UN General Assembly set to back Palestine Membership

UN General Assembly set to back Palestine Membership

The United Nations General Assembly on Friday overwhelmingly backed a Palestinian bid to become a full U.N. member by recognizing it as qualified to join and recommending the U.N. Security Council “reconsider the matter favorably.”

The vote by the 193-member General Assembly was a global survey of support for the Palestinian bid to become a full U.N. member – a move that would effectively recognize a Palestinian state – after the United States vetoed it in the U.N. Security Council last month.

The assembly adopted a resolution with 143 votes in favor and nine against – including the U.S. and Israel – while 25 countries abstained. It does not give the Palestinians full U.N. membership, but simply recognizes them as qualified to join.

 

 

The resolution “determines that the State of Palestine … should therefore be admitted to membership” and it “recommends that the Security Council reconsider the matter favorably.”

The Palestinian push for full U.N. membership comes seven months into a war between Israel and Palestinian militants Hamas in the Gaza Strip, and as Israel is expanding settlements in the occupied West Bank, which the U.N. considers to be illegal.
“We want peace, we want freedom,” Palestinian U.N. Ambassador Riyad Mansour told the assembly before the vote. “A yes vote is a vote for Palestinian existence, it is not against any state. It is an investment in peace.”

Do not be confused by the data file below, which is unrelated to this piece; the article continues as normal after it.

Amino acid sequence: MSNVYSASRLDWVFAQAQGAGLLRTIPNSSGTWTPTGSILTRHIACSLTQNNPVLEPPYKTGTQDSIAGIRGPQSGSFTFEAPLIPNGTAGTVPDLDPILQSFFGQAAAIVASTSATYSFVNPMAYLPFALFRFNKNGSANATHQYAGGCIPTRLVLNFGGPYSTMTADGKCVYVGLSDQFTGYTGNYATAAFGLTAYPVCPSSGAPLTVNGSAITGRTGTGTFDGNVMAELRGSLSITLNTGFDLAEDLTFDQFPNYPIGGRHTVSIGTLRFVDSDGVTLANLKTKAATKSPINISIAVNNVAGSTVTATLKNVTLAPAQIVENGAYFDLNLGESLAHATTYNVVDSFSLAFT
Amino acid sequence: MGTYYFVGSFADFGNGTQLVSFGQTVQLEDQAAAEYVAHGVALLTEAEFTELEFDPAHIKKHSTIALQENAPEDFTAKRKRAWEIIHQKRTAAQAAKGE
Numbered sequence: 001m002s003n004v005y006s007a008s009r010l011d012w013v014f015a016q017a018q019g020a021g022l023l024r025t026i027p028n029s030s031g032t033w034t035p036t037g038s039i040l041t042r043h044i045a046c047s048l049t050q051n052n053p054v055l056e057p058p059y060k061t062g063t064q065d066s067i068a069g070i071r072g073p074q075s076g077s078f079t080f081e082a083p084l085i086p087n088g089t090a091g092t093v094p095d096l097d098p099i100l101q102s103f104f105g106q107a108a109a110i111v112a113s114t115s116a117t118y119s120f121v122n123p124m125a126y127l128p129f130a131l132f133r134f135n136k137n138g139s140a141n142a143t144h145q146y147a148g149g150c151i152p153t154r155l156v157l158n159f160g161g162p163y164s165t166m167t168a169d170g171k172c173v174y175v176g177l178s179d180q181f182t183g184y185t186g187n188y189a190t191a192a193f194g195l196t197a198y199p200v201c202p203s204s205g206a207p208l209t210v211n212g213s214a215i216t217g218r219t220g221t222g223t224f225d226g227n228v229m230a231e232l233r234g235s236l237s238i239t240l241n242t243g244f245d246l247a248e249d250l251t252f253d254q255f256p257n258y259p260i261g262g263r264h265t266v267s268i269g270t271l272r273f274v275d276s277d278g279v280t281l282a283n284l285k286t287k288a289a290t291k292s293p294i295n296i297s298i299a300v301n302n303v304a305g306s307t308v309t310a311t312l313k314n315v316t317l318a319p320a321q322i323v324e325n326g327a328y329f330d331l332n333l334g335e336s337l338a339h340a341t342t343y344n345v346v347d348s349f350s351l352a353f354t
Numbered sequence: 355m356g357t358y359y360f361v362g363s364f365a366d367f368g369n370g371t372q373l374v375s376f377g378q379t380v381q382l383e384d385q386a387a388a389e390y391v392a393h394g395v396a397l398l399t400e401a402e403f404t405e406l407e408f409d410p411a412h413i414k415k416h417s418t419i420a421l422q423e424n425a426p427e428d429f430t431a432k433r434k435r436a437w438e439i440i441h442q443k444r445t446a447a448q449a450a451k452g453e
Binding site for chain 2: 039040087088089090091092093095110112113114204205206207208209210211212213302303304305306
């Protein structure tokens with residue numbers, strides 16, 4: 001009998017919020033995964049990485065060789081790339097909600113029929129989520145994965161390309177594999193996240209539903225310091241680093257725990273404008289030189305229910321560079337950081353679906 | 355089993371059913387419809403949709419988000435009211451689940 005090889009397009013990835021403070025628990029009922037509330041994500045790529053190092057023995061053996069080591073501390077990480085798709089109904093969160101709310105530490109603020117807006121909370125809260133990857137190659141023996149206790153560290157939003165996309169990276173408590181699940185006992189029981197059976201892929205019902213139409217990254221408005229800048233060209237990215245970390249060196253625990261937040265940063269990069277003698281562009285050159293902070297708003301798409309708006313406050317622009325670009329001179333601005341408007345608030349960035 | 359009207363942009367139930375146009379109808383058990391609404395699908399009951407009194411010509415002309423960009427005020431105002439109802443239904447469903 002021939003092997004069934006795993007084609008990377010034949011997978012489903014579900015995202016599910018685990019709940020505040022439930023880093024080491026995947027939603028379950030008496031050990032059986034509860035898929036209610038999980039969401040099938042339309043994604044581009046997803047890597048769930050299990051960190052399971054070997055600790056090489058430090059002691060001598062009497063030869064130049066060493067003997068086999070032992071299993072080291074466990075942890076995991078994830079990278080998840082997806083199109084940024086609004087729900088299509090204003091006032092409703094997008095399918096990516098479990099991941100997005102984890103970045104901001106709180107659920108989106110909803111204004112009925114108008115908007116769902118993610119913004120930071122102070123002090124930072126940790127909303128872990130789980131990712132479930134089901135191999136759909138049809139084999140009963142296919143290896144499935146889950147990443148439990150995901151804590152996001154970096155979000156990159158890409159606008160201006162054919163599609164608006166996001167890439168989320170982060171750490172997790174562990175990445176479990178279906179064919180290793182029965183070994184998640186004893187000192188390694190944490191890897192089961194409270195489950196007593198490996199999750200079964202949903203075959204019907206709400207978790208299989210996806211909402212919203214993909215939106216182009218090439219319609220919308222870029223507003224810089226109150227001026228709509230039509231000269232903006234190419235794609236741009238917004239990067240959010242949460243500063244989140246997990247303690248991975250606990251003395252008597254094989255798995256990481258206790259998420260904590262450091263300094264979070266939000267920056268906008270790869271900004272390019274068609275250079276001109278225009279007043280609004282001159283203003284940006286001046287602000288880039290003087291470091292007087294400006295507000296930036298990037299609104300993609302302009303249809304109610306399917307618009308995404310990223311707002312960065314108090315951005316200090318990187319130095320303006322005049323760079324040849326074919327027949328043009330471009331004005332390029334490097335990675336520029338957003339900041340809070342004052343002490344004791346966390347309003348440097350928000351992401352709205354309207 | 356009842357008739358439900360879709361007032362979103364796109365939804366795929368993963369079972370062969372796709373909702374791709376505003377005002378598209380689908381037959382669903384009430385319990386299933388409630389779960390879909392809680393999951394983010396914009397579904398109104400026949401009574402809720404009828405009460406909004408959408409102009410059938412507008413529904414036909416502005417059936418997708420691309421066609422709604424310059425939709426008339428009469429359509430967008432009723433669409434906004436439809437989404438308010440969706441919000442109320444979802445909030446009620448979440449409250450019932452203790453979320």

Under the founding U.N. Charter, membership is open to “peace-loving states” that accept the obligations in that document and are able and willing to carry them out.
“As long as so many of you are ‘Jew-hating,’ you don’t really care that the Palestinians are not ‘peace-loving’,” U.N. Ambassador Gilad Erdan, who spoke after Mansour, told his fellow diplomats.

He accused the assembly of shredding the U.N. Charter – as he used a small shredder to destroy a copy of the Charter while at the lectern.

An application to become a full U.N. member first needs to be approved by the 15-member Security Council and then the General Assembly. If the measure is again voted on by the council it is likely to face the same fate: a U.S veto.

ADDITIONAL UN RIGHTS

Deputy U.S Ambassador to the UN Robert Wood told the General Assembly after the vote that unilateral measures at the UN and on the ground will not advance a two-state solution.

The United Nations has long endorsed a vision of two states living side by side within secure and recognized borders. Palestinians want a state in the West Bank, east Jerusalem and Gaza Strip, all territory captured by Israel in the 1967 war with neighboring Arab states.

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